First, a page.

The new system, which takes effect next month for all 3,300 educators in suburban Douglas County, Colorado, has sparked fury and resentment among some teachers and some parents. But it has also drawn interest from superintendents around the nation.
"It's quite novel," said Eric Hanushek, an education economist at Stanford University.
School districts across the United States have traditionally treated all teachers the same; no matter what grade or subject they taught, they started at the same base salary and received the same raises for experience and advanced degrees.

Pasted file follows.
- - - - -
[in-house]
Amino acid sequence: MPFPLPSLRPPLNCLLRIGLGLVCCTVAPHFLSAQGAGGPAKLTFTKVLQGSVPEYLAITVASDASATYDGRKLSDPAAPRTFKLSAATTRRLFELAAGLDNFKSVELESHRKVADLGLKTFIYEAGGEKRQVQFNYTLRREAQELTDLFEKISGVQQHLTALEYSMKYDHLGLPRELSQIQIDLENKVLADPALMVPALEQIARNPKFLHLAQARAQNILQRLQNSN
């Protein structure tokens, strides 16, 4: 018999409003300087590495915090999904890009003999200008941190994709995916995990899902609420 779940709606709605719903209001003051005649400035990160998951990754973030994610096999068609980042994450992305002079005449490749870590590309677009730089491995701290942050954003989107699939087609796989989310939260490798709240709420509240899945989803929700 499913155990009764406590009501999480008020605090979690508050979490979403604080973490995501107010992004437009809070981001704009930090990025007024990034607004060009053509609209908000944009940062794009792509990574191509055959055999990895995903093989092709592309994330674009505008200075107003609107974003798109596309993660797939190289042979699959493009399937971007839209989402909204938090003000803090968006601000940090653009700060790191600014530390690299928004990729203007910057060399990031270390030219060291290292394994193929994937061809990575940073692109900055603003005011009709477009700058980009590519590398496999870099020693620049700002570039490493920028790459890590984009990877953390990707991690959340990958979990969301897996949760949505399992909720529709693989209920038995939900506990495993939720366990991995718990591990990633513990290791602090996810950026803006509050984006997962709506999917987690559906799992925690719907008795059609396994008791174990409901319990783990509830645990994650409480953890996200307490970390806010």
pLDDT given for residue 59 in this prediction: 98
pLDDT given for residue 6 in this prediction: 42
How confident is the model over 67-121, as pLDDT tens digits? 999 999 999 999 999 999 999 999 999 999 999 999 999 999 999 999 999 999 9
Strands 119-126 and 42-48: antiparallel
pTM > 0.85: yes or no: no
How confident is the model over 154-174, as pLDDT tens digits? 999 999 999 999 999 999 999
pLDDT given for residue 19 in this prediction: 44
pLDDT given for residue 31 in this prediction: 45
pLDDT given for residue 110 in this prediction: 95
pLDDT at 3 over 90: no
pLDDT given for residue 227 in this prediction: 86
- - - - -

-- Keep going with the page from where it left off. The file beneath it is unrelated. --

In recent years, districts have tried to differentiate a bit by offering merit pay to their most effective educators, signing bonuses for teachers in high-poverty schools, and pay bumps for those in hard-to-staff fields, such as special education. But Douglas County's system goes much further.